When we announced last week that The Hobbit was officially greenlit by Warner Bros., a conflict between the New Zealand actors union still needed to be resolved before production could begin on the island. The Press of New Zealand is now stating that The Hobbit will shoot outside of New Zealand since there seems to be no end to the conflict between the unions and the studio. Here's what director Peter Jackson had to say:
"The damage inflicted on our film industry by [the actors unions] is long since done. The move has undermined Warner Bros. confidence in the industry and they are now, quite rightly, very concerned about the security of their $500m investment. Next week, Warners are coming down to New Zealand to make arrangements to move the production offshore. It appears we cannot make films in our own country even when substantial financing is available."
While the decision ultimately rested with Warner Bros., Robyn Malcolm, a committee member of the Actors Equity union stated, "It would have nothing to do with Actors Equity." Here's what else she had to say:
"The difference is I'm a hobbit, you're a hobbit, you come from America or England and you work on the same production, side by side, and we work under completely different terms and conditions. Is that fair?"
New Zealand Economic Development Minister Gary Brownlee is said to be meeting with Warner represntatives next week to try and hash out an agreement. Brownlee disputed claims that the production was leaving the country due to higher tax incentives offered by other countries:
"I don't believe financial incentives are the issue here. I think it would be wrong to allow people to suggest that it is the money issue that is behind all this. It is not. Let's be very clear: some weeks ago, The Hobbit was being made in New Zealand. An Australian union [The Media, Entertainment and Arts Alliance (MEAA)], with the blessing of Actors' Equity, put a don't work ban on the picture. That don't work ban got lifted last night in a state of absolute panic because the union were going to have a meeting in Wellington and it was going to be picketed by people telling them that they didn't support them. I think what is at the heart of this is the employment arrangements, the industrial relations, not the dollars of incentive, and anyone suggesting otherwise is seriously mistaken.''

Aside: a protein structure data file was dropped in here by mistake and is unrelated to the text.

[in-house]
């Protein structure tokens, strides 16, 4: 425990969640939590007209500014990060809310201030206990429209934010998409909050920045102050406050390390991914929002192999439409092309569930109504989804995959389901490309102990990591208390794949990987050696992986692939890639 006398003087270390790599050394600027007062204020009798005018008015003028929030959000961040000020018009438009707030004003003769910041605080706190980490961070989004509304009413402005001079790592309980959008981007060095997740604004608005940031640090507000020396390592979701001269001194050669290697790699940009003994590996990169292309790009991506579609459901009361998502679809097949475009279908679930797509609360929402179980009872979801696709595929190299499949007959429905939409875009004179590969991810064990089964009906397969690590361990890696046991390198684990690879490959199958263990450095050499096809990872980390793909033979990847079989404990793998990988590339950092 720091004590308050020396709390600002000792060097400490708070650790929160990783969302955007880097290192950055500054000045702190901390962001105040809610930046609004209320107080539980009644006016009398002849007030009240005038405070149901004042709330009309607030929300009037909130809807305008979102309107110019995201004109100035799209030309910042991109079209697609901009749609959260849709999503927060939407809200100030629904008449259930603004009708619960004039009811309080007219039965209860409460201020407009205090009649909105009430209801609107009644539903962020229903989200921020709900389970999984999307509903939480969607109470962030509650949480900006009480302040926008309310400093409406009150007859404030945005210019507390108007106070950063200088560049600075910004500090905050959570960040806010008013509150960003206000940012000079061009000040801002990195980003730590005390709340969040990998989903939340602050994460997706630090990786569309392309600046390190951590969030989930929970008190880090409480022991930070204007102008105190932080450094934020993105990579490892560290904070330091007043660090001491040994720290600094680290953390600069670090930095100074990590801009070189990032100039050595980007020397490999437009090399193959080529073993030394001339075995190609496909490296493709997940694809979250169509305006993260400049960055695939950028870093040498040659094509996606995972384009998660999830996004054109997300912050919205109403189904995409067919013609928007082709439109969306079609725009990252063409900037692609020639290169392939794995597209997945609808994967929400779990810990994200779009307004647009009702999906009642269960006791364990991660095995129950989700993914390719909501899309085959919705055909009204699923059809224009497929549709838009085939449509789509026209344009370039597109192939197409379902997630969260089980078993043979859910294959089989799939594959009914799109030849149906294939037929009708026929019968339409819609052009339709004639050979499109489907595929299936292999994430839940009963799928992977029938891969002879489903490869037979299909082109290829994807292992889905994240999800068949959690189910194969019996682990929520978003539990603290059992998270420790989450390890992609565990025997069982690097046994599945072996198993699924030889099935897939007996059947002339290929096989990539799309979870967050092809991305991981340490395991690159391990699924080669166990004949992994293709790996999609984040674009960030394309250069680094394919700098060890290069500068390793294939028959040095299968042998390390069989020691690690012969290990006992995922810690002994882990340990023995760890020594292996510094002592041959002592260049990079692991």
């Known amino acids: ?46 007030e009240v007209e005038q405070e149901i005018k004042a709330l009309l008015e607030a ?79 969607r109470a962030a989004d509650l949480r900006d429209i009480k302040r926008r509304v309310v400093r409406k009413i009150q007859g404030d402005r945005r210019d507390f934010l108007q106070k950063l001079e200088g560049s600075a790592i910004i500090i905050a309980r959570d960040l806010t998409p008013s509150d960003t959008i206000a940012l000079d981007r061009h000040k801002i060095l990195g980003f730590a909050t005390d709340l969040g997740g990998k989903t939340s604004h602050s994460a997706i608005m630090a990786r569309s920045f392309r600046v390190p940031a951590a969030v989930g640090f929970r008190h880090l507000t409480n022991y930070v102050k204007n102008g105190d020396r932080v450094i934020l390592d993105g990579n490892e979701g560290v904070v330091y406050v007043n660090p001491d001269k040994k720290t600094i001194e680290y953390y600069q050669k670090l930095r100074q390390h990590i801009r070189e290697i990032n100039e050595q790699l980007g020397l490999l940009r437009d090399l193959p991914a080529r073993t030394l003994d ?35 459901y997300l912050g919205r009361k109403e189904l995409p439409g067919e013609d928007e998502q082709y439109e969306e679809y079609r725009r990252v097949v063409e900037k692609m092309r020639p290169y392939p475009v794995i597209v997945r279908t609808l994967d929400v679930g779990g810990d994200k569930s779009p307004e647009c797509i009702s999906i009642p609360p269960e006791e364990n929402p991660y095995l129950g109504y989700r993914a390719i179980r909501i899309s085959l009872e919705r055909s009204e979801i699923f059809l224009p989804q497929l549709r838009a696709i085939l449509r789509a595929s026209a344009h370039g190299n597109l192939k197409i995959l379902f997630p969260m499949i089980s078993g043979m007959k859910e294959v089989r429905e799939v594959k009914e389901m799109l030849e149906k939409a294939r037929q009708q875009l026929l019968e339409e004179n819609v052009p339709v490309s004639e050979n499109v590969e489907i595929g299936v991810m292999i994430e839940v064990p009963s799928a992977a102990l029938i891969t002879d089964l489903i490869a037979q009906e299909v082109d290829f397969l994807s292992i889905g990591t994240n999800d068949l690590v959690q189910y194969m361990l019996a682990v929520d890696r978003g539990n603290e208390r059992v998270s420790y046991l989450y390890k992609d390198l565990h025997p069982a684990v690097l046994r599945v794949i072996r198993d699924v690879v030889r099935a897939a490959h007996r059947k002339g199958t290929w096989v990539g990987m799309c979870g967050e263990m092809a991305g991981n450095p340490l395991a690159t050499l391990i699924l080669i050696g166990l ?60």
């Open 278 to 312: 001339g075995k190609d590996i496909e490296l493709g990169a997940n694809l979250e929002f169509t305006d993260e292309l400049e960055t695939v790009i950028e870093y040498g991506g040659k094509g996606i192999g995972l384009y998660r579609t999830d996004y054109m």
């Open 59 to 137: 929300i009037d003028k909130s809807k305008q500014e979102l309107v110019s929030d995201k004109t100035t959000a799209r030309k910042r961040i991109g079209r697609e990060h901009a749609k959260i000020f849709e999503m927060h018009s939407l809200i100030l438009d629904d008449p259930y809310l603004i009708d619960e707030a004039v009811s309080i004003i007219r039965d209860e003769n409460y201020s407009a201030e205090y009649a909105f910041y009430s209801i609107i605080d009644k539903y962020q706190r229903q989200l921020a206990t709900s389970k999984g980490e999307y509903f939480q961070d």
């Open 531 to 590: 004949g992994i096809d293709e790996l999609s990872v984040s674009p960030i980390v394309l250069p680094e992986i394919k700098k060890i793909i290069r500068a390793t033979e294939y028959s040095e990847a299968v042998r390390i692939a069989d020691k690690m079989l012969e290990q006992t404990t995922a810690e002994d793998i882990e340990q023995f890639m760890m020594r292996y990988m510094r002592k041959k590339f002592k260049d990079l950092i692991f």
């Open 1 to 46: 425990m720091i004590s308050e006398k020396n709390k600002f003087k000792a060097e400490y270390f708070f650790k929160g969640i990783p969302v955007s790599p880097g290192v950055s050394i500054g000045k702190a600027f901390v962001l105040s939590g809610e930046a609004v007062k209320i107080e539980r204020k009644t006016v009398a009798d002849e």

Council of Trade Unions president Helen Kelly stated that Warner Bros. and Sir Peter had known since the weekend that this ban had been lifted:
"We've obviously had a pathway to resolve this dispute which Jackson has been involved in and knows about, including that in the weekend they were told that the boycott had been lifted."
We'll be sure to keep you posted with any further developments on The Hobbit and their plans to film in New Zealand as soon as we have more information. In the meantime, you can CLICK HERE to read the site's in-depth article on the matter.